How Long Does It Take To Get An Accounting Degree?
An accounting degree is needed by those who want to pursue a career as an accountant or auditor. There are actually three types of educational degrees that students interested in an accounting or finance career can pursue: 1) Associate’s Degree in Accounting, 2) Bachelor’s Degree in Accounting and 3) Postgraduate Studies (e.g. Degree in Accounting or a Master’s Degree in Accounting in Business Administration with an accounting focus). Most employers prefer applicants who have finished at least a bachelor’s degree.
Associate’s degree programs in accounting last for about two years. Bachelor’s degree programs can be completed in four years. These programs cover courses on taxes, economics and business administration. It is possible to finish a bachelor’s degree in accounting in only three years if the student enrolls in what is known as an accelerated bachelor’s program offered in some schools. This program requires the student to maintain excellent grades to complete the courses within the shortened time frame.
Those who wish to deepen their knowledge further about accounting through postgraduate studies will need to spend more time in school. A master’s degree in accounting or a master’s degree in business administration (MBA) will require another two more years of study. Those who wish to obtain a doctorate degree in the field will have to study for two to three years more. The advantage of holding advanced degrees like the MBA and PhD is the fact that it gives an accountant the edge when it comes to promotions for senior management positions while enabling those who wish to impart their knowledge to students to teach at universities and colleges.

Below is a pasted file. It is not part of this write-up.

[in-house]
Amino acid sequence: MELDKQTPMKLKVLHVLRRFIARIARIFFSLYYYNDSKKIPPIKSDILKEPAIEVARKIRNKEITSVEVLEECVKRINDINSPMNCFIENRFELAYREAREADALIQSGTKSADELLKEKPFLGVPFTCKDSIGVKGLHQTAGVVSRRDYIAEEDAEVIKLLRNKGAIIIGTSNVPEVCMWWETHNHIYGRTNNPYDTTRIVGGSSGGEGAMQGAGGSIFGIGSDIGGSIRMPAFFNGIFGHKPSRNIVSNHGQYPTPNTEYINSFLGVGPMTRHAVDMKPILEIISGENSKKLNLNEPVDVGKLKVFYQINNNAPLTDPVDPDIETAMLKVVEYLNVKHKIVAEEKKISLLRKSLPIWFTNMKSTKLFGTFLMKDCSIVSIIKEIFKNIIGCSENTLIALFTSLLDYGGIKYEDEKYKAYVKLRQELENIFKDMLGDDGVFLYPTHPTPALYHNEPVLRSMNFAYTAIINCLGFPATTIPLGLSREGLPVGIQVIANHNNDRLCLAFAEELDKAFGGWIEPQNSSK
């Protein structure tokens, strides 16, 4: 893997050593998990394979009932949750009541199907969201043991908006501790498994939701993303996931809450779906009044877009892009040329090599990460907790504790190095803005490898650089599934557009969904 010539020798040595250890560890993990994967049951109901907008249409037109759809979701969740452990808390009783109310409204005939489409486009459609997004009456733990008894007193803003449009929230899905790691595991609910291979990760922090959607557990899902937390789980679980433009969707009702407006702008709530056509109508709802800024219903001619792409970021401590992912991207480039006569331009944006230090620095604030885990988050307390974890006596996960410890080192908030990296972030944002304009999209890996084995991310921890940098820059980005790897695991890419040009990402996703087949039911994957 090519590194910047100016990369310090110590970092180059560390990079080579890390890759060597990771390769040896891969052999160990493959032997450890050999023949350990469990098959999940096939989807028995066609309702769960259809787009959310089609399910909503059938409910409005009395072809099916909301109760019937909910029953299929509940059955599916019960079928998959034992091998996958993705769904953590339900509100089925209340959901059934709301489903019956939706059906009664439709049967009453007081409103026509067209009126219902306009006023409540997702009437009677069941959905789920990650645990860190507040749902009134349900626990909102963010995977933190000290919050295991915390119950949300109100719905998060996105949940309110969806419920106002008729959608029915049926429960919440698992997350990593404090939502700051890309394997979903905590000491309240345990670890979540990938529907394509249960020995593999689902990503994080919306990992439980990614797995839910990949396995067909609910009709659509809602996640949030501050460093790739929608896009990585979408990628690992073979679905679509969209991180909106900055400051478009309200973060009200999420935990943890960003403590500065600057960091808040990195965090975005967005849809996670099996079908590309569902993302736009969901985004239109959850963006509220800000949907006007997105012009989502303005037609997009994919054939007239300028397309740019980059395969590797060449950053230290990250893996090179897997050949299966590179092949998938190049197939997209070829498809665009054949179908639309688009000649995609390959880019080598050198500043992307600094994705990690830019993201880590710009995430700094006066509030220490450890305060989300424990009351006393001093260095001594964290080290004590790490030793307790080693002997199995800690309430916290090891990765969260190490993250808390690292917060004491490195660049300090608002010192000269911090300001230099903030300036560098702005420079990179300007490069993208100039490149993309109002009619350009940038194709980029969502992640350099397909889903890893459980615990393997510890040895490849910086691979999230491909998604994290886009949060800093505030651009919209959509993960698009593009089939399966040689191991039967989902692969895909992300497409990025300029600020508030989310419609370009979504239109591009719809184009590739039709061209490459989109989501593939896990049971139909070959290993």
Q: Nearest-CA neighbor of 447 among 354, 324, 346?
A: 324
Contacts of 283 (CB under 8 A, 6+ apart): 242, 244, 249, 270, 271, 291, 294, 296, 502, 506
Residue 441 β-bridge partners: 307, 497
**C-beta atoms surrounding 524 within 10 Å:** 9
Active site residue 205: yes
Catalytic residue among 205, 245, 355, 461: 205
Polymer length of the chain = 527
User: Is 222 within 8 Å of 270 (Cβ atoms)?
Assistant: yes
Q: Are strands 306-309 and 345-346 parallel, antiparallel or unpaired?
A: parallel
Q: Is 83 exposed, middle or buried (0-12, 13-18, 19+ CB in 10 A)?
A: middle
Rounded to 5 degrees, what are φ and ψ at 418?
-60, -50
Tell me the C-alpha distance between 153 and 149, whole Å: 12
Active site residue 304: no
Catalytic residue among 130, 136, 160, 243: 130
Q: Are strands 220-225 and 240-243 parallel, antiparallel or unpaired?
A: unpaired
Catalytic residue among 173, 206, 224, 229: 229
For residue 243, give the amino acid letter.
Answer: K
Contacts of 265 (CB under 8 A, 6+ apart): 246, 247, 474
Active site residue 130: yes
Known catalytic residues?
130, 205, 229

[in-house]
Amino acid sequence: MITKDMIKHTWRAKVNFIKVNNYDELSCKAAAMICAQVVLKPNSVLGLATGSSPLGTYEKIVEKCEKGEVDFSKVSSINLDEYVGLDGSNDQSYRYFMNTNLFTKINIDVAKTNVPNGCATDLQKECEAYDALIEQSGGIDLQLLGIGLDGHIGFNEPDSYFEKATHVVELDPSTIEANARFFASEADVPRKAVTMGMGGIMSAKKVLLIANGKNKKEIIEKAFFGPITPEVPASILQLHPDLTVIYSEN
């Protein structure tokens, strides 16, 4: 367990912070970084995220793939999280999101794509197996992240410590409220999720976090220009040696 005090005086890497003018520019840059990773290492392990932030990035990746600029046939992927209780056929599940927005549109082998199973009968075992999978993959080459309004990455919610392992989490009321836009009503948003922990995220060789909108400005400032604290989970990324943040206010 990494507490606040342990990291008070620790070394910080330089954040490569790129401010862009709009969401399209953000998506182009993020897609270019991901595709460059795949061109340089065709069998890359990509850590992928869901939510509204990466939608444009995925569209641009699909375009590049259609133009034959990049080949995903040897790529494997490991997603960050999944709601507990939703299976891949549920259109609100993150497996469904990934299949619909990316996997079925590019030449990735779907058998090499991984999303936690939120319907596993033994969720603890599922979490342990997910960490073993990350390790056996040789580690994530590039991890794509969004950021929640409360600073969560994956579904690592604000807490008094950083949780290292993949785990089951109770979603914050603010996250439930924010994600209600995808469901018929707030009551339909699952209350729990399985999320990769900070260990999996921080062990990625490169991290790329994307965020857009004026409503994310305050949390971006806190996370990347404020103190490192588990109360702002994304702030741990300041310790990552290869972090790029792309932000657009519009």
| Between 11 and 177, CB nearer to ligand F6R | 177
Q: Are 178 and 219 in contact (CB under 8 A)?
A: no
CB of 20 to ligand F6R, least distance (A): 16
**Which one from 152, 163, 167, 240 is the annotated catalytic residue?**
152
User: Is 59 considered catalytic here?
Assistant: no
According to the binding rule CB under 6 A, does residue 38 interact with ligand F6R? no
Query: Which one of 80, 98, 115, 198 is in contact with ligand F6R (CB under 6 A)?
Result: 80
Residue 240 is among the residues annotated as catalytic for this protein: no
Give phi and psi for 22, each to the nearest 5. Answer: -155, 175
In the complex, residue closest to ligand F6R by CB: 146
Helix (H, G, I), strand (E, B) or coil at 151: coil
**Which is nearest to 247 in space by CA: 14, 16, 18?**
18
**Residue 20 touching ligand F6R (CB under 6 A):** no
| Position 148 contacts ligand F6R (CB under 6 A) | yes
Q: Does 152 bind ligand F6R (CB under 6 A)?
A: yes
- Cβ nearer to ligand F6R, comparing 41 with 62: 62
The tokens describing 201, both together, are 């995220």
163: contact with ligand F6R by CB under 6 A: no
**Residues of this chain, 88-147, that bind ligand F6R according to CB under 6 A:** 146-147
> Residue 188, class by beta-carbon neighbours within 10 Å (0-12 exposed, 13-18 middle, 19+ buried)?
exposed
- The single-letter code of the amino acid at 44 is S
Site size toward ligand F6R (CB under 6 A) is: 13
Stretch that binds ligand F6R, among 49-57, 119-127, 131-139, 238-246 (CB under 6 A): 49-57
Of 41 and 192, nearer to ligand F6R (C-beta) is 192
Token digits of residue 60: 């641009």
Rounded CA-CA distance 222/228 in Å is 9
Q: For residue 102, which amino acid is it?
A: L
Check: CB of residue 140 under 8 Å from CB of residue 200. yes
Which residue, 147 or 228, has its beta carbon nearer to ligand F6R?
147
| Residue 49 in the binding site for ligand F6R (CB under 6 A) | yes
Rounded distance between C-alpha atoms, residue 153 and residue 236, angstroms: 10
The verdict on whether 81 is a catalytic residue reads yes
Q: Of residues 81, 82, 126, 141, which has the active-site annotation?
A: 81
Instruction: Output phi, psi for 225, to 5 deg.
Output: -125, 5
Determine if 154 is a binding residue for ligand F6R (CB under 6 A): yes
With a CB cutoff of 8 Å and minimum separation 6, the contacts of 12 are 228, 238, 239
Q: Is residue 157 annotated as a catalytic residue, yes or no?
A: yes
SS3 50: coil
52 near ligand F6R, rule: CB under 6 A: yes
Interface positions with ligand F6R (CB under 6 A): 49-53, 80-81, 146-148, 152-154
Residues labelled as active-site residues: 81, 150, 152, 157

Obtaining an accounting degree is often just the beginning of an accountant’s journey. Most of them work towards becoming a Certified Public Accountant (CPA) so that they can improve their chances of getting a job or if they are already connected with a company, to be able to file a report with the Securities and Exchange Commission and other government regulators.
Those who wish to become CPAs must first finish 150 semester hours of coursework in college. This is 30 hours more than the traditional bachelor’s degree in accounting. In a lot of schools, this requirement is fulfilled in a five-year program that enables students to obtain both a bachelor’s and master’s degrees. A master’s degree is not needed to obtain CPA licensure.
Aspiring CPAs have to pass the Uniform CPA Examination from the American Institute of Certified Public Accountants (AICPA) before they are given their designation. Comprised of four parts, CPA candidates must finish all four parts of the test in 18 months after successfully hurdling the first part. They must also continue to take required continuing education courses so they can retain their CPA license. Those who already have the CPA designation may also choose to undergo more experience and education so they obtain Accredited in Business Valuation (ABV), Certified Information Technology Professional (CITP) or Personal Financial Specialist (PFS) certifications.
There are also other certifications for other specialties offered by other bodies, such as the Certified Management Accountant (CMA) designation from the Institute of Management Accountants. Instead of a four-part exam, this test is only comprised of two parts and will include topics on capital structure, risk management and financial statement analysis, among others.